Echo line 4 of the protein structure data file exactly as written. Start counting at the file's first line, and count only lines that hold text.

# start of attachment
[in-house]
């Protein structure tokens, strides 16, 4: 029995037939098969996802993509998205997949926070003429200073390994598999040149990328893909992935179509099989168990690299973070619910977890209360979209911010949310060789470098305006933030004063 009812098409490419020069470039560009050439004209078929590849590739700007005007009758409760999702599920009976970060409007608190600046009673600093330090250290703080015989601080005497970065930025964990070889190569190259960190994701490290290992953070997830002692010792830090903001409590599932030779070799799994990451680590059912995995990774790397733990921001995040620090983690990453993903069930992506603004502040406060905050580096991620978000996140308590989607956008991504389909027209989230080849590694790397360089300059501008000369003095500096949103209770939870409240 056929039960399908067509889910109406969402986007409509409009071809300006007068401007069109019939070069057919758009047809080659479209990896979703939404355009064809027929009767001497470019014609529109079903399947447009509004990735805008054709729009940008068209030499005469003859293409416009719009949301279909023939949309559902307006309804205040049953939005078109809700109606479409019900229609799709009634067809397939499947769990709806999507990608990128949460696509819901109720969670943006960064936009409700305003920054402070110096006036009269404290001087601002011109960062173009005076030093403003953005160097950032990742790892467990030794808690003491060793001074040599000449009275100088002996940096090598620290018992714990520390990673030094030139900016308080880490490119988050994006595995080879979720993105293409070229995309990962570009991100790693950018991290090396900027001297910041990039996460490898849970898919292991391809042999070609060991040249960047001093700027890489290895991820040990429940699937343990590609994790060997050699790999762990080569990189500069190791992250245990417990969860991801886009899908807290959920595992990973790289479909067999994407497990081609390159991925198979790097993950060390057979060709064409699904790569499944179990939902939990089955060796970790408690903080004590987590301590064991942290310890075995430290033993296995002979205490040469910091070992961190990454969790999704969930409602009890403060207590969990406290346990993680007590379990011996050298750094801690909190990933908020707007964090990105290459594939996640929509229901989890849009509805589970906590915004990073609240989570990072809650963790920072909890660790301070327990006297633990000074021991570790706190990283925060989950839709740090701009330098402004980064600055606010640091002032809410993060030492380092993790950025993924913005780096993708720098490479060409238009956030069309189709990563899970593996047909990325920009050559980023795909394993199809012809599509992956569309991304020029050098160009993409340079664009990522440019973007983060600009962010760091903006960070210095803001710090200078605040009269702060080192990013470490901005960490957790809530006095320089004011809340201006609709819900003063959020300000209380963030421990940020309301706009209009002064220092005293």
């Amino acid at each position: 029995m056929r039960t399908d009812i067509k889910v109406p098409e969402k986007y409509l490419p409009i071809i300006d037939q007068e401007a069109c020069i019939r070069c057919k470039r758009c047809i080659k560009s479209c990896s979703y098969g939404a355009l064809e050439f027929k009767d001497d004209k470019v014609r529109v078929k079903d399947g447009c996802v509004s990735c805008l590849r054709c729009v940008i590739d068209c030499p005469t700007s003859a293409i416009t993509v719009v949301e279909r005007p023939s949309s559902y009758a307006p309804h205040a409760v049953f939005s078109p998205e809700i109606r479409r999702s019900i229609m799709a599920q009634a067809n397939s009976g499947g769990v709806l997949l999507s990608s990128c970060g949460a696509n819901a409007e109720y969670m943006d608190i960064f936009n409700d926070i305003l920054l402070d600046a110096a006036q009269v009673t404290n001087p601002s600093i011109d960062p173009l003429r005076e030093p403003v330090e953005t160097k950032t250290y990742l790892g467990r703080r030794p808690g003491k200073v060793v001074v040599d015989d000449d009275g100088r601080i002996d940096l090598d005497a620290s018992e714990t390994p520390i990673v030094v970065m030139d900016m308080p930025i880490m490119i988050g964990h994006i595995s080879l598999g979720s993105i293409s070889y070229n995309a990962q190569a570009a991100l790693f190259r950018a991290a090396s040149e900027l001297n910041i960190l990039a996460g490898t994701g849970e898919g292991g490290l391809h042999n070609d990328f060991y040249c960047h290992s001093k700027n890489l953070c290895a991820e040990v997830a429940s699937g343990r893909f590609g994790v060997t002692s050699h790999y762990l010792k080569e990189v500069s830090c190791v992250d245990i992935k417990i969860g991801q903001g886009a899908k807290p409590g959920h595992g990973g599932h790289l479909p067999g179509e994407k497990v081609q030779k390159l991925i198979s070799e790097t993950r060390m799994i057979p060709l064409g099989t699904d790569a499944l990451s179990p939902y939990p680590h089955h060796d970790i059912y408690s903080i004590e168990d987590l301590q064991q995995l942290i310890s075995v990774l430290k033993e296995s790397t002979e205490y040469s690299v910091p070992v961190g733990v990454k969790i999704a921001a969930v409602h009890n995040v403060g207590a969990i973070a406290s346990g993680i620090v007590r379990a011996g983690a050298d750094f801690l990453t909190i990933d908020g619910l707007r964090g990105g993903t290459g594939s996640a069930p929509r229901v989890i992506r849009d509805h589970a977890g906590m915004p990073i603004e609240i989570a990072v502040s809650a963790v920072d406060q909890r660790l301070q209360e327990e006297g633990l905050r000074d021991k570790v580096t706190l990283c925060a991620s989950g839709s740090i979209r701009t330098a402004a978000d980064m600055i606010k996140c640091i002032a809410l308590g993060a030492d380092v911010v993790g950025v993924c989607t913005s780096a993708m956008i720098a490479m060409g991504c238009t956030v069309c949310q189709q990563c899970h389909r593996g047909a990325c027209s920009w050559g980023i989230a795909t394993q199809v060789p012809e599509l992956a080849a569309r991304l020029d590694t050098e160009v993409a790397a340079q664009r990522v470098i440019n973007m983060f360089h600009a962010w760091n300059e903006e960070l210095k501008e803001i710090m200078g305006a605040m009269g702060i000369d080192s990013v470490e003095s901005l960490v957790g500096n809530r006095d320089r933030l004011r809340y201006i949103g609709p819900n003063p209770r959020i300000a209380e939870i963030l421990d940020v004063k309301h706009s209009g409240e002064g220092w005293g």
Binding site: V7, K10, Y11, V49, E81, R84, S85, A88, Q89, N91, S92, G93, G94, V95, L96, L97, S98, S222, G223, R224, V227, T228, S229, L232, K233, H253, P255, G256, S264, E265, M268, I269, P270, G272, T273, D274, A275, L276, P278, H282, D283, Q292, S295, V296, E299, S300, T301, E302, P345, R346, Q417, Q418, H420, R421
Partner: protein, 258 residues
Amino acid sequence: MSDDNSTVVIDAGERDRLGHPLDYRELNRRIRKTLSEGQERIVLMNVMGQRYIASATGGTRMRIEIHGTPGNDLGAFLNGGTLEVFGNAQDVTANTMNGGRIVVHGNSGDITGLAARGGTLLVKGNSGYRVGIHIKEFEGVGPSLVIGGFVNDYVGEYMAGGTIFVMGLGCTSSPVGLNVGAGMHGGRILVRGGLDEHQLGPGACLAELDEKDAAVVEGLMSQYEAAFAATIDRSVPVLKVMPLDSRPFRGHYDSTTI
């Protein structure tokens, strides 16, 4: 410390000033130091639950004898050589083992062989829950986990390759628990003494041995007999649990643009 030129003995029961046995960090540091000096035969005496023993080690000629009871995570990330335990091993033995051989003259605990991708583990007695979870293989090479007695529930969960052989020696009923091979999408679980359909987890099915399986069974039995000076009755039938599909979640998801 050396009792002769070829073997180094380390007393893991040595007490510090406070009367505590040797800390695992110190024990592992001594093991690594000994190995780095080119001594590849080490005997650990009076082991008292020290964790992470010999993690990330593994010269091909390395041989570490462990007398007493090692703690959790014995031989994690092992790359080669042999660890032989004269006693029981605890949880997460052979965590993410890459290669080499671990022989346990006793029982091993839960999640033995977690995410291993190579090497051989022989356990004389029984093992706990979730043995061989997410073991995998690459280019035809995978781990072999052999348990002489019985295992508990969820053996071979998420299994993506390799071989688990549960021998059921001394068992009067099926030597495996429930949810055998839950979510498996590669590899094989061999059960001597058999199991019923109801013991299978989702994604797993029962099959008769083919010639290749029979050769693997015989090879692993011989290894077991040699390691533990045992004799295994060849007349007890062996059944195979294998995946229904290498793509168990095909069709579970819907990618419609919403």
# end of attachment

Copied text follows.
Binding site: V7, K10, Y11, V49, E81, R84, S85, A88, Q89, N91, S92, G93, G94, V95, L96, L97, S98, S222, G223, R224, V227, T228, S229, L232, K233, H253, P255, G256, S264, E265, M268, I269, P270, G272, T273, D274, A275, L276, P278, H282, D283, Q292, S295, V296, E299, S300, T301, E302, P345, R346, Q417, Q418, H420, R421